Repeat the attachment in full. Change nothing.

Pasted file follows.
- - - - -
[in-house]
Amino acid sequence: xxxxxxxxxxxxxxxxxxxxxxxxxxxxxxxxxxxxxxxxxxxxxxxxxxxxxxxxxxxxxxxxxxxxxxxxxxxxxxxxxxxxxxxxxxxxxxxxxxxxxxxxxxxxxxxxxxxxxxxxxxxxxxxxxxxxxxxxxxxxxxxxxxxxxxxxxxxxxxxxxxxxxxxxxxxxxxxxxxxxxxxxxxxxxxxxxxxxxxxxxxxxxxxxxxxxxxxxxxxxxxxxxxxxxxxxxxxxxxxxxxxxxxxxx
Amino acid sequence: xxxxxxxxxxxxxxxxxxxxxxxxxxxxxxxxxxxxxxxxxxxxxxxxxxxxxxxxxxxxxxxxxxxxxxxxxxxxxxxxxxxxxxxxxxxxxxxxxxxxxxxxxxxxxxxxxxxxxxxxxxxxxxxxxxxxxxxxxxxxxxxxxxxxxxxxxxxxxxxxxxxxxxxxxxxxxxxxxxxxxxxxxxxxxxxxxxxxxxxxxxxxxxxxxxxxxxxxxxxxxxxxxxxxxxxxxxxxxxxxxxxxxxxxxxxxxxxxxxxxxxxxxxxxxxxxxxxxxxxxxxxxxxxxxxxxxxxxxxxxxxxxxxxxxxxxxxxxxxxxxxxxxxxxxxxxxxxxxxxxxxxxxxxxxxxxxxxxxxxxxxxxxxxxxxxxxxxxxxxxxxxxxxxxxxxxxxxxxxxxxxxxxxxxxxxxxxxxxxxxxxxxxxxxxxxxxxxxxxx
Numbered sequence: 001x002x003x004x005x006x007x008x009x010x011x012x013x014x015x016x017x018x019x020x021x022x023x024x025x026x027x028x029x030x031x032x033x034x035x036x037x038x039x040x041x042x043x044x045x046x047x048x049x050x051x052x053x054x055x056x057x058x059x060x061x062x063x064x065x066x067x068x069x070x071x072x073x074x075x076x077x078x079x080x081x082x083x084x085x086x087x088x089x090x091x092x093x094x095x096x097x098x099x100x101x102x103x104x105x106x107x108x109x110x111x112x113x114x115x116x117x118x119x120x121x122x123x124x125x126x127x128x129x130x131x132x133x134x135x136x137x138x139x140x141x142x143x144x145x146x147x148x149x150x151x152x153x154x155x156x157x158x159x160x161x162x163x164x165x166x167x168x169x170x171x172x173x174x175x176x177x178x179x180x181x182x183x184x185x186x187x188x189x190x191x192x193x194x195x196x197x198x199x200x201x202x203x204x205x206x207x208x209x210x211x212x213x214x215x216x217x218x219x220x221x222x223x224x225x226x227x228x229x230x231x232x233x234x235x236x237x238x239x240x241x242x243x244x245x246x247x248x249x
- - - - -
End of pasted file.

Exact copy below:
[in-house]
Amino acid sequence: xxxxxxxxxxxxxxxxxxxxxxxxxxxxxxxxxxxxxxxxxxxxxxxxxxxxxxxxxxxxxxxxxxxxxxxxxxxxxxxxxxxxxxxxxxxxxxxxxxxxxxxxxxxxxxxxxxxxxxxxxxxxxxxxxxxxxxxxxxxxxxxxxxxxxxxxxxxxxxxxxxxxxxxxxxxxxxxxxxxxxxxxxxxxxxxxxxxxxxxxxxxxxxxxxxxxxxxxxxxxxxxxxxxxxxxxxxxxxxxxxxxxxxxxx
Amino acid sequence: xxxxxxxxxxxxxxxxxxxxxxxxxxxxxxxxxxxxxxxxxxxxxxxxxxxxxxxxxxxxxxxxxxxxxxxxxxxxxxxxxxxxxxxxxxxxxxxxxxxxxxxxxxxxxxxxxxxxxxxxxxxxxxxxxxxxxxxxxxxxxxxxxxxxxxxxxxxxxxxxxxxxxxxxxxxxxxxxxxxxxxxxxxxxxxxxxxxxxxxxxxxxxxxxxxxxxxxxxxxxxxxxxxxxxxxxxxxxxxxxxxxxxxxxxxxxxxxxxxxxxxxxxxxxxxxxxxxxxxxxxxxxxxxxxxxxxxxxxxxxxxxxxxxxxxxxxxxxxxxxxxxxxxxxxxxxxxxxxxxxxxxxxxxxxxxxxxxxxxxxxxxxxxxxxxxxxxxxxxxxxxxxxxxxxxxxxxxxxxxxxxxxxxxxxxxxxxxxxxxxxxxxxxxxxxxxxxxxxxx
Numbered sequence: 001x002x003x004x005x006x007x008x009x010x011x012x013x014x015x016x017x018x019x020x021x022x023x024x025x026x027x028x029x030x031x032x033x034x035x036x037x038x039x040x041x042x043x044x045x046x047x048x049x050x051x052x053x054x055x056x057x058x059x060x061x062x063x064x065x066x067x068x069x070x071x072x073x074x075x076x077x078x079x080x081x082x083x084x085x086x087x088x089x090x091x092x093x094x095x096x097x098x099x100x101x102x103x104x105x106x107x108x109x110x111x112x113x114x115x116x117x118x119x120x121x122x123x124x125x126x127x128x129x130x131x132x133x134x135x136x137x138x139x140x141x142x143x144x145x146x147x148x149x150x151x152x153x154x155x156x157x158x159x160x161x162x163x164x165x166x167x168x169x170x171x172x173x174x175x176x177x178x179x180x181x182x183x184x185x186x187x188x189x190x191x192x193x194x195x196x197x198x199x200x201x202x203x204x205x206x207x208x209x210x211x212x213x214x215x216x217x218x219x220x221x222x223x224x225x226x227x228x229x230x231x232x233x234x235x236x237x238x239x240x241x242x243x244x245x246x247x248x249x